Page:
“What I mean and what I say is two different things," the BFG announced rather grandly.
What people say and what they mean are often two very different things. Sometimes people don't even realize that there is a disconnect between the two, but the giant is wise enough to realize the gap.
"You is trying to change the subject," the Giant said sternly. "We is having an interesting babblement about the taste of the human bean. The human bean is not a vegetable."
This quote showcases the interesting turns of phrase that the BFG uses. It demonstrates the balance between seriousness and silliness that is present throughout the book.
"Meanings is not important," said the BFG. "I cannot be right all the time. Quite often I is left instead of right."
The BFG demonstrates the importance of not taking yourself too seriously, and being willing to admit and accept that you can be wrong too. He then adds a dash of humor to his musing by changing "wrong" for "left."
"You mean you can hear things I can't hear?" Sophie said.
"You is deaf as a dumpling compared with me!" cried the BFG. "You is hearing only thumping loud noises with those little earwigs of yours. But I am hearing all the secret whisperings of the world!"
The BFG reveals one of his special qualities. His enormous ears help him hear everything, allowing him to catch dreams and blow them to children without being caught or seen, most of the time.
"Just because we happen not to have actually seen something with our own two little winkles, we think it is not existing."
The BFG explains that things that you may not see or understand can still exist.
"Ah, but they is not killing their own kind," the BFG said. "Human beans is the only animals that is killing their own kind."
"Don't poisonous snakes kill each other?" Sophie asked. She was searching desperately for another creature that behaved as badly as the human.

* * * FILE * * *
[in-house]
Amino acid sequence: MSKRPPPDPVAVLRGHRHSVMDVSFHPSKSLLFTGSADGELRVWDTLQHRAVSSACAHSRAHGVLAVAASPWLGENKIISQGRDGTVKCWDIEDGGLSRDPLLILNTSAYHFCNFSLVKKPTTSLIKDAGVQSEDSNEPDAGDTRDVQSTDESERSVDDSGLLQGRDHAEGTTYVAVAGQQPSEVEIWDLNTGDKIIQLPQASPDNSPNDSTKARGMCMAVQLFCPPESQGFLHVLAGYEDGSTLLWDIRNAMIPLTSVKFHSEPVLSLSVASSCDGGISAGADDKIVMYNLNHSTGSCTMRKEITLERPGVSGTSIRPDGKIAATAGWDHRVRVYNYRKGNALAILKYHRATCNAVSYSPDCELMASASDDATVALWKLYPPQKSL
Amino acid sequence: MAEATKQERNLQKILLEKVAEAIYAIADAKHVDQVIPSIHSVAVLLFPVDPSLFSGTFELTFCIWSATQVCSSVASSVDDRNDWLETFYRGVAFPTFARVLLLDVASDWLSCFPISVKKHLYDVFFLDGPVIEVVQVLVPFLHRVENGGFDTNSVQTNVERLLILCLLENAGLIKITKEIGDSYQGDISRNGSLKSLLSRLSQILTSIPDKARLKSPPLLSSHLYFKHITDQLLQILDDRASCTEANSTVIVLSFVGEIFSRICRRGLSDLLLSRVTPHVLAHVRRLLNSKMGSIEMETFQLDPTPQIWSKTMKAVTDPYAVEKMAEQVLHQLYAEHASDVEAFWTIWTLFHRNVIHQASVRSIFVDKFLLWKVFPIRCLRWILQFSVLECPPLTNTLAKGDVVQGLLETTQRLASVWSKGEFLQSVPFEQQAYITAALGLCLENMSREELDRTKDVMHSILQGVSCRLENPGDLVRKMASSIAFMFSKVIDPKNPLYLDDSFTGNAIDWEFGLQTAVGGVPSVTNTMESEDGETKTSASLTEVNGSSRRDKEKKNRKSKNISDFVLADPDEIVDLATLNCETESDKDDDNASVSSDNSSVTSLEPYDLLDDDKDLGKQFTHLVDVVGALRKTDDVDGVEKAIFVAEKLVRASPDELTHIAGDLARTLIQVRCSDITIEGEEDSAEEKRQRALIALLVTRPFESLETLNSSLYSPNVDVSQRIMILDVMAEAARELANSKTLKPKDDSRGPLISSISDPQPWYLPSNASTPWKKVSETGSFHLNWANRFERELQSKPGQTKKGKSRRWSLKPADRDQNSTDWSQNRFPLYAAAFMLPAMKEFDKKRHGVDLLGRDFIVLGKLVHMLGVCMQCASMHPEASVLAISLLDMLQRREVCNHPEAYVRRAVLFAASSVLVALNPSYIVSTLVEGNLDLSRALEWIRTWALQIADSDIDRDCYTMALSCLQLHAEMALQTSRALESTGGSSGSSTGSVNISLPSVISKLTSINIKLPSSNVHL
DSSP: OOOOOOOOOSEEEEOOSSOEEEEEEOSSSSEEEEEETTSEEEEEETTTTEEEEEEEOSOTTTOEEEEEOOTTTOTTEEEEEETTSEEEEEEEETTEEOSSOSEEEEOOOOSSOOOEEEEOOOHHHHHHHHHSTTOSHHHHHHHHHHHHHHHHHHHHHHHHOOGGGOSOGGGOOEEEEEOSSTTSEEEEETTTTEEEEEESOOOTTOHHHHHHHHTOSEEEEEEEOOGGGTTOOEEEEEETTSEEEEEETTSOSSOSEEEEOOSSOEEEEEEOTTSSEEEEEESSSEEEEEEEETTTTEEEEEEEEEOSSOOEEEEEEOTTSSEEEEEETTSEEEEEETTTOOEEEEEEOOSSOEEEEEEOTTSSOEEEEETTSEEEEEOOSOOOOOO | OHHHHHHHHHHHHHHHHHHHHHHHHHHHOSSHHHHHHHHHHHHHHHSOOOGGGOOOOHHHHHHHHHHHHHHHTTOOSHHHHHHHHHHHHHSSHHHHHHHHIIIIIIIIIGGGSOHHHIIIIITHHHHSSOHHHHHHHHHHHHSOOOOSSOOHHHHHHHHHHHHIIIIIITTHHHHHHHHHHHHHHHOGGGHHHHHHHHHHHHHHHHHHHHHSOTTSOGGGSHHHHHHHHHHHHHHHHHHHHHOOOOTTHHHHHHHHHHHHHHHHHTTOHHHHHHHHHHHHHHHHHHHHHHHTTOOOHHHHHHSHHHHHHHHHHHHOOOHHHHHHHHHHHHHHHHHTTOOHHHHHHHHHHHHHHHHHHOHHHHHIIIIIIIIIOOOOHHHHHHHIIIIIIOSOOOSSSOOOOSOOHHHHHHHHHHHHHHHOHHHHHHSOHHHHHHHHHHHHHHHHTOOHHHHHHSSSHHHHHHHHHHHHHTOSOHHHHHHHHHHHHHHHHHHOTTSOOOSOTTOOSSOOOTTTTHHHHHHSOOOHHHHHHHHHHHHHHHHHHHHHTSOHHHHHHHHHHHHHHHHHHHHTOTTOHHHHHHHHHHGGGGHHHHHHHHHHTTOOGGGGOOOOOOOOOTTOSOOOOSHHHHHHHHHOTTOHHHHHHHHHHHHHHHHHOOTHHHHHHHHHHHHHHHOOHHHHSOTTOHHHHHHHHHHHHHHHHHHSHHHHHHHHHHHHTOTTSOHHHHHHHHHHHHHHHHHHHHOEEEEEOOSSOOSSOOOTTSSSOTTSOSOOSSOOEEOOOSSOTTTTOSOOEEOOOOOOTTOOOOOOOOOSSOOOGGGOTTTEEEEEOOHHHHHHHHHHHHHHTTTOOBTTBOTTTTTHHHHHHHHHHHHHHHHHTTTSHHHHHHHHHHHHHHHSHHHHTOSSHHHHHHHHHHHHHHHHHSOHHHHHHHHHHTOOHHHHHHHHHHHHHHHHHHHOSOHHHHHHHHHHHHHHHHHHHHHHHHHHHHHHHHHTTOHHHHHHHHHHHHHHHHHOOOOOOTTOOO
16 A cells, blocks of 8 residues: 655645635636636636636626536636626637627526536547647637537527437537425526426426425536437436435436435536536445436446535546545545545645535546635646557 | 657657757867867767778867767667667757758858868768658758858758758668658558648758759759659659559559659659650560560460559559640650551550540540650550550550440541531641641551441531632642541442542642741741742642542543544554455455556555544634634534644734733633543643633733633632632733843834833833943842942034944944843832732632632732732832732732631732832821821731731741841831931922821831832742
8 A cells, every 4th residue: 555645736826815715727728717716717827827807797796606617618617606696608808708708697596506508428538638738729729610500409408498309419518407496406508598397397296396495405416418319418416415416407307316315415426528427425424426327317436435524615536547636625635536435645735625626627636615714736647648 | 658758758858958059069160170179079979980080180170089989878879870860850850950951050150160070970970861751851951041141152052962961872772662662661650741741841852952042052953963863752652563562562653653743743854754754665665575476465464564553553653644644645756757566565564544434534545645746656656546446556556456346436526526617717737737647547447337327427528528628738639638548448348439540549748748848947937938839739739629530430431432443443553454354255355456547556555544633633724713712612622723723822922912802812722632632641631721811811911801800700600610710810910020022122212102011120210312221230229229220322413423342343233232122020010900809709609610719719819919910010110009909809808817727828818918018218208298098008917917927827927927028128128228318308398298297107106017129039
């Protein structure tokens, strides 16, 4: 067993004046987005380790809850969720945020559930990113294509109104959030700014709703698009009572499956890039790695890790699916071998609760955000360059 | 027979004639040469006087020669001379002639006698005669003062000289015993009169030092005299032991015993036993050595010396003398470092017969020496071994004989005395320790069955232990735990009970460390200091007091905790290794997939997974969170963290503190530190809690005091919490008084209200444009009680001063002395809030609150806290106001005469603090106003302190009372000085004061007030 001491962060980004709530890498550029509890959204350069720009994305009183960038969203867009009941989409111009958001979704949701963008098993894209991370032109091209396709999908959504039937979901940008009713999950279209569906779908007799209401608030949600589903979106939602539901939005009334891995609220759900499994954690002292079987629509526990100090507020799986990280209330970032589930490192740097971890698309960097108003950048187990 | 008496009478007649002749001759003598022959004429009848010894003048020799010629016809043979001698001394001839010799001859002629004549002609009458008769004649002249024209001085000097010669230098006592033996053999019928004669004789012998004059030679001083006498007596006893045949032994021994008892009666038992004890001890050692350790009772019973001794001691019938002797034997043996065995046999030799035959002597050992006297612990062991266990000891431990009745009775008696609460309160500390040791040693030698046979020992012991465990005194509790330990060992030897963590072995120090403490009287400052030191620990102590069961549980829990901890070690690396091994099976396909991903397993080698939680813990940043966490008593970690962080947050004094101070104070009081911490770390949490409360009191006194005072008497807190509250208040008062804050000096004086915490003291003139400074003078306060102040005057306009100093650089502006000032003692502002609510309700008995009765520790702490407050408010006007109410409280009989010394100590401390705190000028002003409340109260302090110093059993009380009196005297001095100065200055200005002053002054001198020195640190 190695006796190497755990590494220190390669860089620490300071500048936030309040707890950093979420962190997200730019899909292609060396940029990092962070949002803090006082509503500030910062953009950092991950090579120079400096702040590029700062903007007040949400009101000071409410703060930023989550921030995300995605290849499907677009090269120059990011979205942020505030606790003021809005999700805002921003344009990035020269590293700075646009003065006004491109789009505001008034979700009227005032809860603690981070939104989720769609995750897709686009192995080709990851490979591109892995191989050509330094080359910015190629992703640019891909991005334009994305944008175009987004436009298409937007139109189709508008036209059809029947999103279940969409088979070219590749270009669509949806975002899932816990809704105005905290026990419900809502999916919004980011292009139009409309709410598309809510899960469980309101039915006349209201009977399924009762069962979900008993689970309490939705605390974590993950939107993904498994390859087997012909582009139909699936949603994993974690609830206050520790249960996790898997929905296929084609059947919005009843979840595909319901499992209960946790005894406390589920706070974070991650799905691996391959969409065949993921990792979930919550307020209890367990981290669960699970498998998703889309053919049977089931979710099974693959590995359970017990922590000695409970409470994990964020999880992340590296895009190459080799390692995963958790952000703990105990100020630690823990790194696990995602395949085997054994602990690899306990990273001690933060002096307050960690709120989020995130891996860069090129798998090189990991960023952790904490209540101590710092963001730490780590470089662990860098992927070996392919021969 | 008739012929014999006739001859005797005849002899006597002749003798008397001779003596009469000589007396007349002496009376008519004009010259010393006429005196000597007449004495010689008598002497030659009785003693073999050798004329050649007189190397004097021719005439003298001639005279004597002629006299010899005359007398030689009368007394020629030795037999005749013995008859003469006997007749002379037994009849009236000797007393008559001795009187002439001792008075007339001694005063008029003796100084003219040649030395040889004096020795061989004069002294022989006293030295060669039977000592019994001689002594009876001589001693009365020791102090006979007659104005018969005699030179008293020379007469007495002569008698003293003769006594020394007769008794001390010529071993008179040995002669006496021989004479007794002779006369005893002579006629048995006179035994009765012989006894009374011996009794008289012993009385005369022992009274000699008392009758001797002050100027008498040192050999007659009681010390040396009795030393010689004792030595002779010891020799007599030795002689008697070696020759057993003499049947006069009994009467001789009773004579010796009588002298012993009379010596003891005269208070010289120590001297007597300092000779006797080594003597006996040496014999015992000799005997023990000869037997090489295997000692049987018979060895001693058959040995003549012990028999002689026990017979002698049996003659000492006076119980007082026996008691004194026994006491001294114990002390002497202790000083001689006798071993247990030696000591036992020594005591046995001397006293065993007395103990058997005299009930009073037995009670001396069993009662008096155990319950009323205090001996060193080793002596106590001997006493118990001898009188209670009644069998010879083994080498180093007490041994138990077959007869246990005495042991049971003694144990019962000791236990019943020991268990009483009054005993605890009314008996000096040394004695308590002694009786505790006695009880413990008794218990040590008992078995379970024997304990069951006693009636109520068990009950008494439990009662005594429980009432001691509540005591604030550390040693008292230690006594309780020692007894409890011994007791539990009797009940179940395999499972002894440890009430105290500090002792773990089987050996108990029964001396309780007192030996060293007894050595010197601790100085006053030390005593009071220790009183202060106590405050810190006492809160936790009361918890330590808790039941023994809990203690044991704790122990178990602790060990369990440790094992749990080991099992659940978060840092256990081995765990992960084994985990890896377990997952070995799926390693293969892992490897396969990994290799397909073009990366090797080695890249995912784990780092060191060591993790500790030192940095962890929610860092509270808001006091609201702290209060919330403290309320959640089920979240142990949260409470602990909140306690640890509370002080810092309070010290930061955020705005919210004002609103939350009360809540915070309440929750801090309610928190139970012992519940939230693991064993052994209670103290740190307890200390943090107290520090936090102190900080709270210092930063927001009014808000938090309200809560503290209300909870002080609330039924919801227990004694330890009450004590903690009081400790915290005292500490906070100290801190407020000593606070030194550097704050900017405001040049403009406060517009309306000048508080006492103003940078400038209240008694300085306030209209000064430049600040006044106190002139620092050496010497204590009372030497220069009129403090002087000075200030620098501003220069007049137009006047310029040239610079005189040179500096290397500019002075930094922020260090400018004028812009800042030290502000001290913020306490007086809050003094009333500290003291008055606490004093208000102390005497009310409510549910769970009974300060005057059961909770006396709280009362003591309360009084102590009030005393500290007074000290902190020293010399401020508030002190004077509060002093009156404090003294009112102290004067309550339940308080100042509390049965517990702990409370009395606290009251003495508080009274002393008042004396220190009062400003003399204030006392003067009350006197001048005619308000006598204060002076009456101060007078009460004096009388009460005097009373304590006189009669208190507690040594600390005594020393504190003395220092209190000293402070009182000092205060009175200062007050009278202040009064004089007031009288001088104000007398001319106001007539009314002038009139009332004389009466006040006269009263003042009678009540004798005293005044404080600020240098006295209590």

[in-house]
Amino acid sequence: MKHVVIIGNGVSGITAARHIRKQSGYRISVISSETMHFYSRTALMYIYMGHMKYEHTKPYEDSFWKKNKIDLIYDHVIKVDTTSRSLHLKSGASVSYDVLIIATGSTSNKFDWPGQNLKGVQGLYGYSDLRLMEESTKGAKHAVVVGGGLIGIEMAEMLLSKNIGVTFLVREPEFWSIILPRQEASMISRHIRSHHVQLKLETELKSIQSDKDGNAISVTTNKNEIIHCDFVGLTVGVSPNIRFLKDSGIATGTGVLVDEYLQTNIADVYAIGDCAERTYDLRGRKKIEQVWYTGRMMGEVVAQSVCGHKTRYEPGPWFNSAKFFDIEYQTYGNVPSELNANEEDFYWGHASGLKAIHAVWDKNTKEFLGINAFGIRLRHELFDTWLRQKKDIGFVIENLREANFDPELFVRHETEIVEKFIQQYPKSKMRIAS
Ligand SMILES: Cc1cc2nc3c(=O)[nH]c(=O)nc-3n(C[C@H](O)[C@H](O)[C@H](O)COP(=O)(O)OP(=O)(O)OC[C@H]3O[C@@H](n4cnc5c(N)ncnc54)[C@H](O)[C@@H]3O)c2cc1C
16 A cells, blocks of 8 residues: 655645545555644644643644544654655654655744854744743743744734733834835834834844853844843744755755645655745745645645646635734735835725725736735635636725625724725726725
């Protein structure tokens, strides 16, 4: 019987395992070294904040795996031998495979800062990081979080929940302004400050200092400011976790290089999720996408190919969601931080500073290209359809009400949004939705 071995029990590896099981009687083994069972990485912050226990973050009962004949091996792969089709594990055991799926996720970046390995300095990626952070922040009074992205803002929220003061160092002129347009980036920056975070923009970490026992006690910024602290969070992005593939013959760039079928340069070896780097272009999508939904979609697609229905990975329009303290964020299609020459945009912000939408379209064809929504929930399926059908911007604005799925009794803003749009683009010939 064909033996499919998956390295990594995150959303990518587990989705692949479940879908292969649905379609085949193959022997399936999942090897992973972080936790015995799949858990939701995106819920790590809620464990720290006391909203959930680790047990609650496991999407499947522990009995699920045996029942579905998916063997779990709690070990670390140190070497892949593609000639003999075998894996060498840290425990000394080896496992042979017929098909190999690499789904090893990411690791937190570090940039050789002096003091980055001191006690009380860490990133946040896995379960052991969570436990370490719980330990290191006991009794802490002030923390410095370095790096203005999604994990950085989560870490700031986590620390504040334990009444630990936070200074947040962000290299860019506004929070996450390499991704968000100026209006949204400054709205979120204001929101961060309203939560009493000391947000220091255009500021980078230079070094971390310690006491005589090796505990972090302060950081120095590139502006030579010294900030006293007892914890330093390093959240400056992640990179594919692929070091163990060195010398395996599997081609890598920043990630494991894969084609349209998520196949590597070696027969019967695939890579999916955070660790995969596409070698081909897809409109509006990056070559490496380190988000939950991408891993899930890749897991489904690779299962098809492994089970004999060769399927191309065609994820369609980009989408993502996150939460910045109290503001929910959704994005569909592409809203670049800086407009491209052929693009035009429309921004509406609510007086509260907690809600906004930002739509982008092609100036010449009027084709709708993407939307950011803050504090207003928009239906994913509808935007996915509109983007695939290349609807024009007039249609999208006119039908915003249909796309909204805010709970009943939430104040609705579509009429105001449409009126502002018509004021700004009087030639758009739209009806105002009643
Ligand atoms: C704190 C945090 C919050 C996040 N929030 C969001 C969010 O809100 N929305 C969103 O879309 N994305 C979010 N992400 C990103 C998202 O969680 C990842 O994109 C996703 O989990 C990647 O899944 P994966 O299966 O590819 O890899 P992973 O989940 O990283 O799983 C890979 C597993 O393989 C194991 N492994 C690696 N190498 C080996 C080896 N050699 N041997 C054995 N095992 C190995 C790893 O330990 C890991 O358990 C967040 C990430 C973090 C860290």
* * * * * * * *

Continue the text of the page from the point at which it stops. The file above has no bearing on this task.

"Even poisnowse snakes is never killing each other," the BFG said. "Nor is the most fearsome creatures like tigers and rhinostossterisses. None of them is ever killing their own kind. Has you ever thought about that?"
The BFG's quote shows the cruel brutality of the human species towards each other, and its dishonorable position as the only species to kill its own on purpose, several times.
"The human beans is making rules to suit themselves" the BFG went on.
People often make up rules in order to benefit themselves, not others or other creatures.
"I do not," the BFG answered firmly. "One right is not making two lefts."
The giant rephrases the old truism that two wrongs don't make a right, with his own distinct spin on the saying.
There was a frantic scurry among the Palace servants when the orders were received from the Queen that a twenty-four-foot giant must be seated with Her Majesty in the Great Ballroom within the next half-hour.
The omniscient, third-person narrator surfaces again in this instance, cluing the reader in on the reactions of ordinary adults to the presence of a giant. This makes for hilarious reading and adds to the silly and whimsical tone.
"This place we're flying over now isn't n the atlas, is it?" the pilot said, grinning.
"You're darn right it isn't in the atlas!" cried the Head of the Air Force. "We've flown clear off the last page!"
This quote shows the very different reactions found among the adults of the army who are going to tie up the giants and bring them back to England so they can't eat people any more.
The BFG Questions and Answers
The Question and Answer section for The BFG is a great
resource to ask questions, find answers, and discuss the novel.
They go to the Queen of England and persuade her that Sophie is in danger. The Queen sends a fleet of helicopters to tie the man-eating giants up while they're sleeping. After which, they are taken to London and imprisoned.